Usually I report the contents of my CSA delivery within a couple of days, so this post is over a week late. Whoops. But the delay lets me describe what I really did with the produce instead of my sometimes out-sized hopes and dreams.
The final delivery of 2010
I now have a bag and a half of green onions in my crisper. I’m pleased with how well they’re holding up; I’d thought they would get slimy quickly. We’ve loved them chopped in salads and added to pretty much any meal. Go, green onions!
The broccoli florets can be steamed a few minutes for a quick and delicious side dish. You can either steam the stems a little longer or save them for another meal. If they’re in good shape, don’t throw them out! The stems have just as much flavor as the florets if they’re cooked till tender (and not till mushy).
Here’s a trick for turnips: slice, brush with butter and salt, and put them in a 300 degree oven until they’re brown at the edges (maybe 30 minutes for thin slices). I was surprised at how good this was. The turnips got all melty-tasting and downright palatable. The smaller Asian turnips can be diced and tossed in salads. You can add any turnip pieces in stir-fries and casseroles. Be sure to cut them up small and add them at the beginning so they’ll cook enough.
We ate this as a salad with hot bacon dressing using green onions and diced Asian turnips. I wish we’d added a chopped hard-boiled egg. Hot dressing is a good trick for spinach that is not baby spinach or not completely gorgeous and fresh-looking. The dressing wilts the spinach a little so no one can tell what it looked like before.
These apples are delicious for eating. We’ve been eating one a day, and it’s been awhile since we’ve spotted a doctor around here. (Lots of squirrels, though.)
Stacking the apples this way made me want to build an apple fort, so I commandeered four more apples from our stash to create Applehenge.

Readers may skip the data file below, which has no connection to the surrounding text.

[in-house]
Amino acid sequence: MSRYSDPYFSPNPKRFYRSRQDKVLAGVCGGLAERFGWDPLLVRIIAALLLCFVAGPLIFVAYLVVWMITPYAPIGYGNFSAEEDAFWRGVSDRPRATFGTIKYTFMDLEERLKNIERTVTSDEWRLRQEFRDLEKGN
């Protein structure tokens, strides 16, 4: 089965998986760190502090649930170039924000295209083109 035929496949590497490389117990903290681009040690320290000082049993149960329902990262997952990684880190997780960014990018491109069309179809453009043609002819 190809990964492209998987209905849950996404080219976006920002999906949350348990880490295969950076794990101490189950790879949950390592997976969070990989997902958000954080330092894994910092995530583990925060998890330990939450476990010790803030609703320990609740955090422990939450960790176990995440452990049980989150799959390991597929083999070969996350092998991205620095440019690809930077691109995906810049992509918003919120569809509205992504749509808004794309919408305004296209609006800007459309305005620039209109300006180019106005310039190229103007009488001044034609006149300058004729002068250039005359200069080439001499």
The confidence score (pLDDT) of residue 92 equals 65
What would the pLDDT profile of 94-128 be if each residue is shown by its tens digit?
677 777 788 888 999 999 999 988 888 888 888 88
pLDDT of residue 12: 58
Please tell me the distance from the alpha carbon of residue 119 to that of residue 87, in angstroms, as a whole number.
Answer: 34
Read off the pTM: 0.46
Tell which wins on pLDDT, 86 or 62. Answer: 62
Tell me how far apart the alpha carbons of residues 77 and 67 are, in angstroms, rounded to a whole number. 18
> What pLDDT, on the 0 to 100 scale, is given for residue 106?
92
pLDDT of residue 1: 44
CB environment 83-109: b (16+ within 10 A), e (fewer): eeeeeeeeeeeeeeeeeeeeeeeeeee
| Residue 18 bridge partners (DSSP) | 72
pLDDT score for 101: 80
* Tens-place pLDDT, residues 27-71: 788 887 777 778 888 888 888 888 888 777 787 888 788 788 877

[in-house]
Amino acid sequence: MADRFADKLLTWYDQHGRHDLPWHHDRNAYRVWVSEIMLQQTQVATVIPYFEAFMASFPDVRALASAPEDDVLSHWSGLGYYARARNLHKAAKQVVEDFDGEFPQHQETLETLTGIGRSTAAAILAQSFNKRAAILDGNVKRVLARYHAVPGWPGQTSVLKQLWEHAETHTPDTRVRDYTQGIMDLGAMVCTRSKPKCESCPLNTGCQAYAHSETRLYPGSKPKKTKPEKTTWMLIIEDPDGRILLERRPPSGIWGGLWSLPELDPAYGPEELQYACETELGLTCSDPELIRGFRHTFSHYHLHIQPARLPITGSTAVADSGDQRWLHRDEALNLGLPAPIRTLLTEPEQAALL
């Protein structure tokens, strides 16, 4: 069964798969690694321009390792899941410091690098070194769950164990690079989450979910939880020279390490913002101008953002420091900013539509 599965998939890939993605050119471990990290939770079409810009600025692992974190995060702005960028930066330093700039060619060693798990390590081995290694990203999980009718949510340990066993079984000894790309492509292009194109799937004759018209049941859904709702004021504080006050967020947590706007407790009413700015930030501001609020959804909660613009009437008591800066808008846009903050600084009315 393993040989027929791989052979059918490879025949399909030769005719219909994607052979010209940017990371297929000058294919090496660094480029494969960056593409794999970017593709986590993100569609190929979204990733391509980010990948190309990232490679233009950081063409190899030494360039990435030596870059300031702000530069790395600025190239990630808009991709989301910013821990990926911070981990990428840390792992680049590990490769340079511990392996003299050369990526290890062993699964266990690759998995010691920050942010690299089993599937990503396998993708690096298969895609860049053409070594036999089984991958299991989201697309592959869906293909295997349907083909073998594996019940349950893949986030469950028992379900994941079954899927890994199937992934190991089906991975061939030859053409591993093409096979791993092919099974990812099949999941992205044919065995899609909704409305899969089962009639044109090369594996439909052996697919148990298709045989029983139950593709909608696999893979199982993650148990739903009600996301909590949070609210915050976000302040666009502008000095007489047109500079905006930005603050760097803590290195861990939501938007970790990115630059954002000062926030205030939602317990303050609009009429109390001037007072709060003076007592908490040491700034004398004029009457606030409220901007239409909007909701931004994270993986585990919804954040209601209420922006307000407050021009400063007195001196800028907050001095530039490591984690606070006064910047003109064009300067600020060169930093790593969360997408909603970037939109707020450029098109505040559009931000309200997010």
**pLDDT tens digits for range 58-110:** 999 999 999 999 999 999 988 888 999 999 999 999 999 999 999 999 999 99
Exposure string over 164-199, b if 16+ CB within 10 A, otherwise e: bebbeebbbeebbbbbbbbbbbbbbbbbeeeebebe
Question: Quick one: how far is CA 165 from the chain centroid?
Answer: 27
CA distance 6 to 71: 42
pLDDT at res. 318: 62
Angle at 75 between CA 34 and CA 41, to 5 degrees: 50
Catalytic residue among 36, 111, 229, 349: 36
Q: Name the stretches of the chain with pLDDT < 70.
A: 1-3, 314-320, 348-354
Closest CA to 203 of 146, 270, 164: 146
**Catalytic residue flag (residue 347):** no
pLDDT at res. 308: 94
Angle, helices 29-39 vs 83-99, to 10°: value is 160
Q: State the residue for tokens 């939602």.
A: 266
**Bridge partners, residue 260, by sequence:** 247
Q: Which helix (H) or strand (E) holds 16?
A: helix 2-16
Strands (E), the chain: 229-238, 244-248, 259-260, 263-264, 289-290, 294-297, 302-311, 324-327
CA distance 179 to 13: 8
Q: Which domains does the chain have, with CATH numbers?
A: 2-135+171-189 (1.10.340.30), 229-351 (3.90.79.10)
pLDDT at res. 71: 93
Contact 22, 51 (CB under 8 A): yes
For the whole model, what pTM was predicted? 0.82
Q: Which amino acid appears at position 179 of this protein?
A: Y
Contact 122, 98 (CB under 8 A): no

Sweet potato casserole makes me sad
We also got five sweet potatoes – not enough to make the sweet potato casserole I’d been assigned for Christmas dinner. So I roasted the five sweet potatoes plus two from the previous week and an enormous butternut squash from earlier in the fall. I followed this recipe somewhat, doubled, using 6 eggs but cutting the sugar 75% (and it was still plenty sweet). I baked everyone for about an hour in the oven at 400 degrees.
When the sweet potatoes were done, I took everyone out, chopped the squash into three pieces, and returned it to the oven in the hopes it would bake a little faster. It did, and after another half-hour, the peel just fell off,
Long oven-baking made it very easy to scoop all the squash and sweet potato goodness into a bowl.
The casserole turned out okay,
it had a nice praline topping,
but I learned one important lesson:
Don’t make sweet potato casserole.
What a waste! Sweet potatoes, eggs, and butternut squash are some of my favorite foods. Making them into casserole removes everything interesting about them. Blech. Never again.
Back to the delivery
Here’s the gourmet upgrade and the half-dozen egg upgrade.
The dressing is good for tender lettuces. It’s bright, vinegary, and comes out of the bottle a lot faster than the dressing I used last.
I’m tending the cilantro as a covered bouquet in the fridge. I replace the water in the glass and turn the bag inside out every other day or so. It’s been a week, and it still looks good. I’m hoping it will hang on until I get through more leftovers and have time to make something cool with it.
We made popcorn Wednesday night and watched The Karate Kid. First, we put 1/3 cup loose kernels in a bag (We had some older loose kernels; you can also just put a cob in the bag.)
Then, we microwaved the bag for about 90 seconds.
Finally I made an order from the online store for bread, garlic, and duck eggs.
We’ve been eating so much rich food this month that I’ve failed to make egg custard in a while. After the first of the year, we’ll be due for a week or so of veggie suppers with duck egg custard for dessert!
Happy New Year, everyone!